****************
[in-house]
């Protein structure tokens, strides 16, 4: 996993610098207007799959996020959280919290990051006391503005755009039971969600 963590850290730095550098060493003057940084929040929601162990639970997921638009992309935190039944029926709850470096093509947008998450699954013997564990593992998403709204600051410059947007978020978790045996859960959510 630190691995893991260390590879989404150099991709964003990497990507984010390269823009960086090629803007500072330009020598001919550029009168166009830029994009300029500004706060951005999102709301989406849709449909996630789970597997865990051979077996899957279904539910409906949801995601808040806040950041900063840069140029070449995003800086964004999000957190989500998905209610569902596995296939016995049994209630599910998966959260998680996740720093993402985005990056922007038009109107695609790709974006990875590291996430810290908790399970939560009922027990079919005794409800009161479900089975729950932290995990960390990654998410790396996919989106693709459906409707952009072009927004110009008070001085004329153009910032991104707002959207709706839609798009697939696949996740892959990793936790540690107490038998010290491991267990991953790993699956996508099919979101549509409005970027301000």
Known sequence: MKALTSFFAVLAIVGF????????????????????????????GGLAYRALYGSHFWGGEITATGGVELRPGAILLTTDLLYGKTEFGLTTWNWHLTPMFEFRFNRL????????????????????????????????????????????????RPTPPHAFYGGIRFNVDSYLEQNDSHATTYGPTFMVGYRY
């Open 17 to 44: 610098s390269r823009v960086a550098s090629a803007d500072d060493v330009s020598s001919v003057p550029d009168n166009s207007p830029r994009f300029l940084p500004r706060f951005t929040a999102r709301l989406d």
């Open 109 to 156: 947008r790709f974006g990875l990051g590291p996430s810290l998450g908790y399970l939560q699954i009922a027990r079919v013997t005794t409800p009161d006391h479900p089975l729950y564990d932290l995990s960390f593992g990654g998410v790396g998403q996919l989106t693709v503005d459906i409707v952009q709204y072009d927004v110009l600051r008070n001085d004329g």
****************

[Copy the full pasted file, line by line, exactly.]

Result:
[in-house]
């Protein structure tokens, strides 16, 4: 996993610098207007799959996020959280919290990051006391503005755009039971969600 963590850290730095550098060493003057940084929040929601162990639970997921638009992309935190039944029926709850470096093509947008998450699954013997564990593992998403709204600051410059947007978020978790045996859960959510 630190691995893991260390590879989404150099991709964003990497990507984010390269823009960086090629803007500072330009020598001919550029009168166009830029994009300029500004706060951005999102709301989406849709449909996630789970597997865990051979077996899957279904539910409906949801995601808040806040950041900063840069140029070449995003800086964004999000957190989500998905209610569902596995296939016995049994209630599910998966959260998680996740720093993402985005990056922007038009109107695609790709974006990875590291996430810290908790399970939560009922027990079919005794409800009161479900089975729950932290995990960390990654998410790396996919989106693709459906409707952009072009927004110009008070001085004329153009910032991104707002959207709706839609798009697939696949996740892959990793936790540690107490038998010290491991267990991953790993699956996508099919979101549509409005970027301000």
Known sequence: MKALTSFFAVLAIVGF????????????????????????????GGLAYRALYGSHFWGGEITATGGVELRPGAILLTTDLLYGKTEFGLTTWNWHLTPMFEFRFNRL????????????????????????????????????????????????RPTPPHAFYGGIRFNVDSYLEQNDSHATTYGPTFMVGYRY
């Open 17 to 44: 610098s390269r823009v960086a550098s090629a803007d500072d060493v330009s020598s001919v003057p550029d009168n166009s207007p830029r994009f300029l940084p500004r706060f951005t929040a999102r709301l989406d």
């Open 109 to 156: 947008r790709f974006g990875l990051g590291p996430s810290l998450g908790y399970l939560q699954i009922a027990r079919v013997t005794t409800p009161d006391h479900p089975l729950y564990d932290l995990s960390f593992g990654g998410v790396g998403q996919l989106t693709v503005d459906i409707v952009q709204y072009d927004v110009l600051r008070n001085d004329g």